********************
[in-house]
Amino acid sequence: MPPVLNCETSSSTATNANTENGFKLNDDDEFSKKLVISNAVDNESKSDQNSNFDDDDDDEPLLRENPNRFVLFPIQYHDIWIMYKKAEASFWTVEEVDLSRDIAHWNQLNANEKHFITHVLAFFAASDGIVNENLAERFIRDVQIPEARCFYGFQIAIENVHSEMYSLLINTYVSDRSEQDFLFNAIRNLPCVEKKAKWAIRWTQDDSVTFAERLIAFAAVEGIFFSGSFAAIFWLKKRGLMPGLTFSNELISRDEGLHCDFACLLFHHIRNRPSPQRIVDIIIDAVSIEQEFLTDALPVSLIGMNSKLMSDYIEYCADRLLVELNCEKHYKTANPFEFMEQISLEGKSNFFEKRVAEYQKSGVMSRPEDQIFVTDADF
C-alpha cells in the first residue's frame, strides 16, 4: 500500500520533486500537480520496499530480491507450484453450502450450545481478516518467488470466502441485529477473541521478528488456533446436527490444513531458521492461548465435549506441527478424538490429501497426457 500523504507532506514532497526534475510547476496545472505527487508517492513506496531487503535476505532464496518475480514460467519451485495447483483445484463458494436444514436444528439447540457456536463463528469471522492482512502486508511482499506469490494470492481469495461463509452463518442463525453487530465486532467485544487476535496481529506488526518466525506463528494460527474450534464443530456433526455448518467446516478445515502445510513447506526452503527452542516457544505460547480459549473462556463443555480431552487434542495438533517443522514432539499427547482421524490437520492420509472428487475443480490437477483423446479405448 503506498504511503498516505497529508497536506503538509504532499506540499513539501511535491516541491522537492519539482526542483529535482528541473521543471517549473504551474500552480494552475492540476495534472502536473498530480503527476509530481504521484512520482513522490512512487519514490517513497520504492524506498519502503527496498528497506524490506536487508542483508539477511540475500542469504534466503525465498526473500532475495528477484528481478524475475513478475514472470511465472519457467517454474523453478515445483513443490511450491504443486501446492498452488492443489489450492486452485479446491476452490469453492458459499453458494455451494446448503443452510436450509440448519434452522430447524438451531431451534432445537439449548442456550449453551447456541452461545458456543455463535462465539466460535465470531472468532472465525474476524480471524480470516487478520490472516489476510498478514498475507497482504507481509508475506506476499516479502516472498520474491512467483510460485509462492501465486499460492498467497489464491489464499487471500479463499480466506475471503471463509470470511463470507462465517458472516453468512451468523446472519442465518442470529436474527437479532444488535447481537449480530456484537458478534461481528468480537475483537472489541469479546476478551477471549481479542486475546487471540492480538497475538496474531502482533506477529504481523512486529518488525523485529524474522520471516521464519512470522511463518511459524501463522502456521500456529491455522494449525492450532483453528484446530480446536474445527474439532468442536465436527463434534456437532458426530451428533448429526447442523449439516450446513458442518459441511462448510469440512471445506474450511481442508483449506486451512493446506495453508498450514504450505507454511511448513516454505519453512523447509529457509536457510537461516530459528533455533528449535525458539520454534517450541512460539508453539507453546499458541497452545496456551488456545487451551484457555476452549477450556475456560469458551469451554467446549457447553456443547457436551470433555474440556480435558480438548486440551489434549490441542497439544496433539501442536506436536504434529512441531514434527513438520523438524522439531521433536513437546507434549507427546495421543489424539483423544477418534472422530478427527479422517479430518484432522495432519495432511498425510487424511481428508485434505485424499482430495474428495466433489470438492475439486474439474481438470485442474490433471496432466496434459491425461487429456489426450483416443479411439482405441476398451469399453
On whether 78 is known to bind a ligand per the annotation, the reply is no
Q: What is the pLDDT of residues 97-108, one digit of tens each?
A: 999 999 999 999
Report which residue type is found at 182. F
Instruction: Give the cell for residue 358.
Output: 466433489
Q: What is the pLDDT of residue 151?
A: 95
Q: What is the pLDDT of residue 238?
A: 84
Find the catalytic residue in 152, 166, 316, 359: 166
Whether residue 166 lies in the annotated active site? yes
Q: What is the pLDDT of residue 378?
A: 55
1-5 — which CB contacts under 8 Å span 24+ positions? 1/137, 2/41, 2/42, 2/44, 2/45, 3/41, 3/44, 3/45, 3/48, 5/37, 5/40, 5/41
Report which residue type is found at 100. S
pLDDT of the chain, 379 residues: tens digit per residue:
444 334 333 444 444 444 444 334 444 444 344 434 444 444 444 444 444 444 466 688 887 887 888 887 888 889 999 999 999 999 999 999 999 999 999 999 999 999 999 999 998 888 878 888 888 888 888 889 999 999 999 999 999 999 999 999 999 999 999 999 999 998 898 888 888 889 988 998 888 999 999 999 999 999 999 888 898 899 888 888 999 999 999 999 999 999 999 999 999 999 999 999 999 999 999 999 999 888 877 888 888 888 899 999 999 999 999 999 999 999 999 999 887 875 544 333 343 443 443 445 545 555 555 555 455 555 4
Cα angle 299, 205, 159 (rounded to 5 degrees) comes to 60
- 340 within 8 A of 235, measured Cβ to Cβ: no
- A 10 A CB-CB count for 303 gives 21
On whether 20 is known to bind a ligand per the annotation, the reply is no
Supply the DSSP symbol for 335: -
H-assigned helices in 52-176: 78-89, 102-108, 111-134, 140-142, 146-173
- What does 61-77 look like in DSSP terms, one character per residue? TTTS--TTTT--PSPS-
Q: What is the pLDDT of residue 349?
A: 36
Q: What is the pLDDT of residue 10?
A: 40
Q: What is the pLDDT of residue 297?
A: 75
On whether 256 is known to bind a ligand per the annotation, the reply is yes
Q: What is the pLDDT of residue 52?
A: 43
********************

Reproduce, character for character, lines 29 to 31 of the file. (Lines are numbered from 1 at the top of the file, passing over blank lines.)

Q: What is the pLDDT of residue 349?
A: 36
Q: What is the pLDDT of residue 10?